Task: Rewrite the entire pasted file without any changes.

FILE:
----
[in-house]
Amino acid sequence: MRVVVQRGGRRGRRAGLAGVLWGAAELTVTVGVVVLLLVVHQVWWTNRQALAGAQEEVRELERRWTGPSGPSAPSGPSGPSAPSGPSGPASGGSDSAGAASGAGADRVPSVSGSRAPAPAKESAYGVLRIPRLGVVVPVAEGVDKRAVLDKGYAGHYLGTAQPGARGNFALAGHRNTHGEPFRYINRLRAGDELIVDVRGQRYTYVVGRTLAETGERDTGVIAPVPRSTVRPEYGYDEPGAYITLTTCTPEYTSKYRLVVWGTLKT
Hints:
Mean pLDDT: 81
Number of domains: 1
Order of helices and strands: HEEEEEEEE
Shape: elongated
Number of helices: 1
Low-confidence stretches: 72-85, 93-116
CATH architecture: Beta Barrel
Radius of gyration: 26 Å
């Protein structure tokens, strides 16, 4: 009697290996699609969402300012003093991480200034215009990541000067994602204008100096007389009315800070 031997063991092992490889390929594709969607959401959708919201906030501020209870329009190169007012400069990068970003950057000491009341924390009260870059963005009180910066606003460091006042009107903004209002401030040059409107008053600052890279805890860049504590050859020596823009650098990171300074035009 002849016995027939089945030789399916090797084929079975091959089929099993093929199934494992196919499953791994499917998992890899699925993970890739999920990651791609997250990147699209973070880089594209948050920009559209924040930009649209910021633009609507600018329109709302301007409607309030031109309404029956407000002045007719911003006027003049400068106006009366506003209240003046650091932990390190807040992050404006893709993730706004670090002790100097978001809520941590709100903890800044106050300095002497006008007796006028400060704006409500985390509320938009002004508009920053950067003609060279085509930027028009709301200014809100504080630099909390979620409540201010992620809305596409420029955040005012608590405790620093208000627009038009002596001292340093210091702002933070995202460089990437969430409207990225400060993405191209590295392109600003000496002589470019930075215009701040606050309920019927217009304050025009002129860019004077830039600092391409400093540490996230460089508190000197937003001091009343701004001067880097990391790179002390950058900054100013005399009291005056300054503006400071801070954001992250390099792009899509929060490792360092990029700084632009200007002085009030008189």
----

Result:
[in-house]
Amino acid sequence: MRVVVQRGGRRGRRAGLAGVLWGAAELTVTVGVVVLLLVVHQVWWTNRQALAGAQEEVRELERRWTGPSGPSAPSGPSGPSAPSGPSGPASGGSDSAGAASGAGADRVPSVSGSRAPAPAKESAYGVLRIPRLGVVVPVAEGVDKRAVLDKGYAGHYLGTAQPGARGNFALAGHRNTHGEPFRYINRLRAGDELIVDVRGQRYTYVVGRTLAETGERDTGVIAPVPRSTVRPEYGYDEPGAYITLTTCTPEYTSKYRLVVWGTLKT
Hints:
Mean pLDDT: 81
Number of domains: 1
Order of helices and strands: HEEEEEEEE
Shape: elongated
Number of helices: 1
Low-confidence stretches: 72-85, 93-116
CATH architecture: Beta Barrel
Radius of gyration: 26 Å
């Protein structure tokens, strides 16, 4: 009697290996699609969402300012003093991480200034215009990541000067994602204008100096007389009315800070 031997063991092992490889390929594709969607959401959708919201906030501020209870329009190169007012400069990068970003950057000491009341924390009260870059963005009180910066606003460091006042009107903004209002401030040059409107008053600052890279805890860049504590050859020596823009650098990171300074035009 002849016995027939089945030789399916090797084929079975091959089929099993093929199934494992196919499953791994499917998992890899699925993970890739999920990651791609997250990147699209973070880089594209948050920009559209924040930009649209910021633009609507600018329109709302301007409607309030031109309404029956407000002045007719911003006027003049400068106006009366506003209240003046650091932990390190807040992050404006893709993730706004670090002790100097978001809520941590709100903890800044106050300095002497006008007796006028400060704006409500985390509320938009002004508009920053950067003609060279085509930027028009709301200014809100504080630099909390979620409540201010992620809305596409420029955040005012608590405790620093208000627009038009002596001292340093210091702002933070995202460089990437969430409207990225400060993405191209590295392109600003000496002589470019930075215009701040606050309920019927217009304050025009002129860019004077830039600092391409400093540490996230460089508190000197937003001091009343701004001067880097990391790179002390950058900054100013005399009291005056300054503006400071801070954001992250390099792009899509929060490792360092990029700084632009200007002085009030008189």